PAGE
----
The productive ecosystem off the coast of California has three oceanographic seasons: upwelling season in the spring and early summer, relaxation in the late summer and fall, and the storm season in winter.
Upwelling Season:During the upwelling season (March-July), strong northwest winds and the south flowing California Current combine with the earth's rotation to drive surface waters away from the shore. These surface waters are replaced by an upwelling of nutrient-rich deeper water from offshore. The nutrients become available for surface dwelling phytoplankton (microscopic marine algae). Phytoplankton form the foundation of this oceanic food web and the combination of nutrients and increased sunlight in spring initiates a bloom of life that radiates up the food web. An abundance of phytoplankton, zooplankton, and young fish are food for animals at higher levels of the marine food web.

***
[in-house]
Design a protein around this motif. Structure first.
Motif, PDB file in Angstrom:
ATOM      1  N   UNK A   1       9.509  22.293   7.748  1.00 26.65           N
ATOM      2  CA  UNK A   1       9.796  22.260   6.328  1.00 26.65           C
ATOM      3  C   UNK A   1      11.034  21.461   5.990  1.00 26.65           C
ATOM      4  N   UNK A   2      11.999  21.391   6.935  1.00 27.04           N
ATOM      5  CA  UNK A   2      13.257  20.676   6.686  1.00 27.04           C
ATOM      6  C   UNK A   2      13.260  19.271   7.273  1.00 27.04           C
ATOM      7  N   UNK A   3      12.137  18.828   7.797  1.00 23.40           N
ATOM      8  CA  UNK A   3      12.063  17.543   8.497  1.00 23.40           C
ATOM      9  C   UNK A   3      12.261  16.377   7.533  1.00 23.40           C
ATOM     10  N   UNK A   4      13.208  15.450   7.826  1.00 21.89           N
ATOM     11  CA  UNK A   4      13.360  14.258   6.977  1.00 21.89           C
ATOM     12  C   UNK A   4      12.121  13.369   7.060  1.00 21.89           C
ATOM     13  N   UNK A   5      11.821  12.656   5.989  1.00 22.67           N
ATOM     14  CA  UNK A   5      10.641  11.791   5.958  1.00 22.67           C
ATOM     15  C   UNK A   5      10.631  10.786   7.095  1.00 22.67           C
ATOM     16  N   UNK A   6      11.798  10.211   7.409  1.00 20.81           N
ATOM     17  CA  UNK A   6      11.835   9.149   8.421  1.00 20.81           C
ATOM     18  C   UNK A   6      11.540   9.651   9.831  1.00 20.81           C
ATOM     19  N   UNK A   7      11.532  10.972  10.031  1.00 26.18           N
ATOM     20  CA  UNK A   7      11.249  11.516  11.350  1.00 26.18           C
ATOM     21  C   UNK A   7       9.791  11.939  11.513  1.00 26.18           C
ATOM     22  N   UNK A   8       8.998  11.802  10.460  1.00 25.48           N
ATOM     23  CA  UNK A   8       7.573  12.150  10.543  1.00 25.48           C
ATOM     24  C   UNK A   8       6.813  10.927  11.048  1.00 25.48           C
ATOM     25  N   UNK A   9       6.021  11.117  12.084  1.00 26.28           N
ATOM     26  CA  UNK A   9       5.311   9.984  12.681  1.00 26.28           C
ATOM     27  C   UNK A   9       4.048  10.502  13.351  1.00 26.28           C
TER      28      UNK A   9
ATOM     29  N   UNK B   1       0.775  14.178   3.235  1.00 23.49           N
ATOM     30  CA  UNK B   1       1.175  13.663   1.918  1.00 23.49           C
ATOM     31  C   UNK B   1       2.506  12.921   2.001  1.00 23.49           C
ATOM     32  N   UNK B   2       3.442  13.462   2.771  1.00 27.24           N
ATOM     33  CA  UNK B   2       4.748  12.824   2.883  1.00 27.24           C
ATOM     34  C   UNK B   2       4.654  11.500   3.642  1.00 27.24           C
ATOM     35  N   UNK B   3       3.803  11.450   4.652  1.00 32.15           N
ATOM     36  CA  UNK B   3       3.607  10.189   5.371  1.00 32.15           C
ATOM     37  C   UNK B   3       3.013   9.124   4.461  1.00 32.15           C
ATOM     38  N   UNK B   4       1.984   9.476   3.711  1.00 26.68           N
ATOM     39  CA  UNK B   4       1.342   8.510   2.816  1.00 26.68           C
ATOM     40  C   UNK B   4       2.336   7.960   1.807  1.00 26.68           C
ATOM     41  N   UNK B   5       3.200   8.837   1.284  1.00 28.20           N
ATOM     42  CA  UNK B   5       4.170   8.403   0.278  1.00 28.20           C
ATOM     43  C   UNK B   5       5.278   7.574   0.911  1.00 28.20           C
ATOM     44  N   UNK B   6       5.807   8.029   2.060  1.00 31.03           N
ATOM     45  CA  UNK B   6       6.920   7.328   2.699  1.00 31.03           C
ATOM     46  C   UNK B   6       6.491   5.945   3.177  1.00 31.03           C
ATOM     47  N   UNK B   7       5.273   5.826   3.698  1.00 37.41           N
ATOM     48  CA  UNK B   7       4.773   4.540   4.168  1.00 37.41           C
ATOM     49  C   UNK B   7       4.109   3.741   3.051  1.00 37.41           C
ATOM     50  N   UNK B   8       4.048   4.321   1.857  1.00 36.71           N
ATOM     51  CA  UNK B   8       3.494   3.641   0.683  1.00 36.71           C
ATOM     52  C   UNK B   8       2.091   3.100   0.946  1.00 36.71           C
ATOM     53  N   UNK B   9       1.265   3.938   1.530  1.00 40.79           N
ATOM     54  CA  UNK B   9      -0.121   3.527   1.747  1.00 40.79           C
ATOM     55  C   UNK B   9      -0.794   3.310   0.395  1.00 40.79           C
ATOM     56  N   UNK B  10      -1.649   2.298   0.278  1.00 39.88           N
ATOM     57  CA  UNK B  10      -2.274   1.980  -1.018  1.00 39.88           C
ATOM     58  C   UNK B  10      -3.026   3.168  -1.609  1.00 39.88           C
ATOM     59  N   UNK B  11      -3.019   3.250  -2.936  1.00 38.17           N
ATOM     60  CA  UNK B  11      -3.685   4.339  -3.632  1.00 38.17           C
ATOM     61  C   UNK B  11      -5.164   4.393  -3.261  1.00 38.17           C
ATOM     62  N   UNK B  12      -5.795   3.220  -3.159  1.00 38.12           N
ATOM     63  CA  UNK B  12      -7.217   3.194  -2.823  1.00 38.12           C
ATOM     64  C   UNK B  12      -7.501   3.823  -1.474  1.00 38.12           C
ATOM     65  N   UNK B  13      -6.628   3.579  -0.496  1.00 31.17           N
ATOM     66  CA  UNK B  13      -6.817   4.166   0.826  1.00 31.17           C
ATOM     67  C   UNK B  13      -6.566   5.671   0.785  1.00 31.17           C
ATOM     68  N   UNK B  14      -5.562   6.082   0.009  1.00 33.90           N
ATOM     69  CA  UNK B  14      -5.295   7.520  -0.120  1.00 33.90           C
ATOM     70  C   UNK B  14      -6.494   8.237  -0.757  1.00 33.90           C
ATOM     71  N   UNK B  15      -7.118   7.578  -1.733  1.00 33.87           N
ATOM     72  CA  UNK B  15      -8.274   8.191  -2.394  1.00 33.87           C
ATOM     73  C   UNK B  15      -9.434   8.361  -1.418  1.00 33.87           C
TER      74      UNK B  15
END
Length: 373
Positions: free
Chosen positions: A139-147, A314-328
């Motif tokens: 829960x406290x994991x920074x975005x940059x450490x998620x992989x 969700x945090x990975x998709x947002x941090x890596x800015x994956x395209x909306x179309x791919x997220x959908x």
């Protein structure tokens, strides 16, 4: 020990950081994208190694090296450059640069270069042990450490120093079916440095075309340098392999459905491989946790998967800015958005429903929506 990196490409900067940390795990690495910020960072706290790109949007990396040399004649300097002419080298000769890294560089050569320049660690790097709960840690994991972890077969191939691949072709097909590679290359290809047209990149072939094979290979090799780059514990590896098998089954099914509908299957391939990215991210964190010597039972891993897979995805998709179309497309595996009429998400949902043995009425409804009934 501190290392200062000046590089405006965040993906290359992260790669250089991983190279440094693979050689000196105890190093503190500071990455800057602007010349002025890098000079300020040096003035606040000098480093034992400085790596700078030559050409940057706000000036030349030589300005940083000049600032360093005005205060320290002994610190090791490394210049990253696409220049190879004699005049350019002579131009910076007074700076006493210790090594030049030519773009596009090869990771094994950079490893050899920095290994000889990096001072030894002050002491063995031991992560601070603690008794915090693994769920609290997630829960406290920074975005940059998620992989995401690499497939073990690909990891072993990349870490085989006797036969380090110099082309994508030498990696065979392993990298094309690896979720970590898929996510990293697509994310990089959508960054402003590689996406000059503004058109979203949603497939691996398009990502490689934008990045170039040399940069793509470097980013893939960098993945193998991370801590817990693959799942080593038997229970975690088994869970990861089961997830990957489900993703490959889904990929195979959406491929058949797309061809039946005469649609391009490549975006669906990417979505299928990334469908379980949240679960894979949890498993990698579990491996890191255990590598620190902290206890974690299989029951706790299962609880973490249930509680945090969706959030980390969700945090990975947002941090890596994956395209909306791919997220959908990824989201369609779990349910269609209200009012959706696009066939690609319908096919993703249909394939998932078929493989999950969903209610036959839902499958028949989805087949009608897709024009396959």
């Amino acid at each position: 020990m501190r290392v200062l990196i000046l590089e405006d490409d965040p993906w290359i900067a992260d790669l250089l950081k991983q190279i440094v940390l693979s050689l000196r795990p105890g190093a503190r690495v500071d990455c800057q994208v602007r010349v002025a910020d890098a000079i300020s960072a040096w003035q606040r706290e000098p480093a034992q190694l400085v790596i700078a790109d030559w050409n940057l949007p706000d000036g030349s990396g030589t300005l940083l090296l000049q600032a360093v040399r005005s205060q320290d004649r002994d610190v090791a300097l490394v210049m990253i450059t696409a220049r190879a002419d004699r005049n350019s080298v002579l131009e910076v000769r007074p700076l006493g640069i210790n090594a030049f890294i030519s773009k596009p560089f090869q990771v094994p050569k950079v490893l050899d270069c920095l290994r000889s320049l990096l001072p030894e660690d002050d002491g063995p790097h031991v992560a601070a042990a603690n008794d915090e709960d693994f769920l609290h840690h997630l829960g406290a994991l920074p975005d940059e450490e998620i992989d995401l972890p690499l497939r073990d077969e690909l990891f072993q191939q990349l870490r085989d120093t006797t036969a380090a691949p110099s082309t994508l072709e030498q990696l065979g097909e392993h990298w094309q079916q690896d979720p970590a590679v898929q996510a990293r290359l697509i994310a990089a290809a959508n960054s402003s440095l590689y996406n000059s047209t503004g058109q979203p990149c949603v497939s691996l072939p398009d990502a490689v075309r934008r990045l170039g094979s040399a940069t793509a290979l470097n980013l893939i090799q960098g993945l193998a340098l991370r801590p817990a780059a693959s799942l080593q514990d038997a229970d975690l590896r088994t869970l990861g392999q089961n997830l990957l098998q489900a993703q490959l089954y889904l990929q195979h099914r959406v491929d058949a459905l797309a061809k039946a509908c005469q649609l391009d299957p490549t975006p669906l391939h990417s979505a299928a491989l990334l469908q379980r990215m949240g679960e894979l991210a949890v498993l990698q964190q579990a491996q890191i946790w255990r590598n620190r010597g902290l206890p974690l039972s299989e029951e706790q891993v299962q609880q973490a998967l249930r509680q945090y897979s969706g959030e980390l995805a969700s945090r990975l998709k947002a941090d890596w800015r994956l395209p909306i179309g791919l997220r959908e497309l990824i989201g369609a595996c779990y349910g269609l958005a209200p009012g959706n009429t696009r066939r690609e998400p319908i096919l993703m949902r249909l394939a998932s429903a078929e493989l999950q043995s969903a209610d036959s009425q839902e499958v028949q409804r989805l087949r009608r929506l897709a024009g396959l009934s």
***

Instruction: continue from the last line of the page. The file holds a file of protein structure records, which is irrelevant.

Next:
Relaxation Season/Oceanic Period:During the late summer and fall (August to early November), coastal winds weaken and the sea surface becomes calmer. Surface currents during this time period are mostly northward and water temperatures increase. During this time, coastal waters are rich with the products of upwelling, and many migratory animals are in the area feeding on an abundance of prey.
Winter Storm Season/Davidson Current Period:The winter storm season (mid-November through February) is dominated by rough seas and greater mixing of ocean water. Strong winter storms originating in the Gulf of Alaska cause turbulent conditions that mix the stratified ocean layers in the upper water column. This results in similar temperature, salinity, and concentration of nutrients throughout the water column.
For more information on oceanography within Cordell Bank Sanctuary and the research being conducted on this topic, please visit the Sanctuary Integrated Monitoring Network (SIMoN).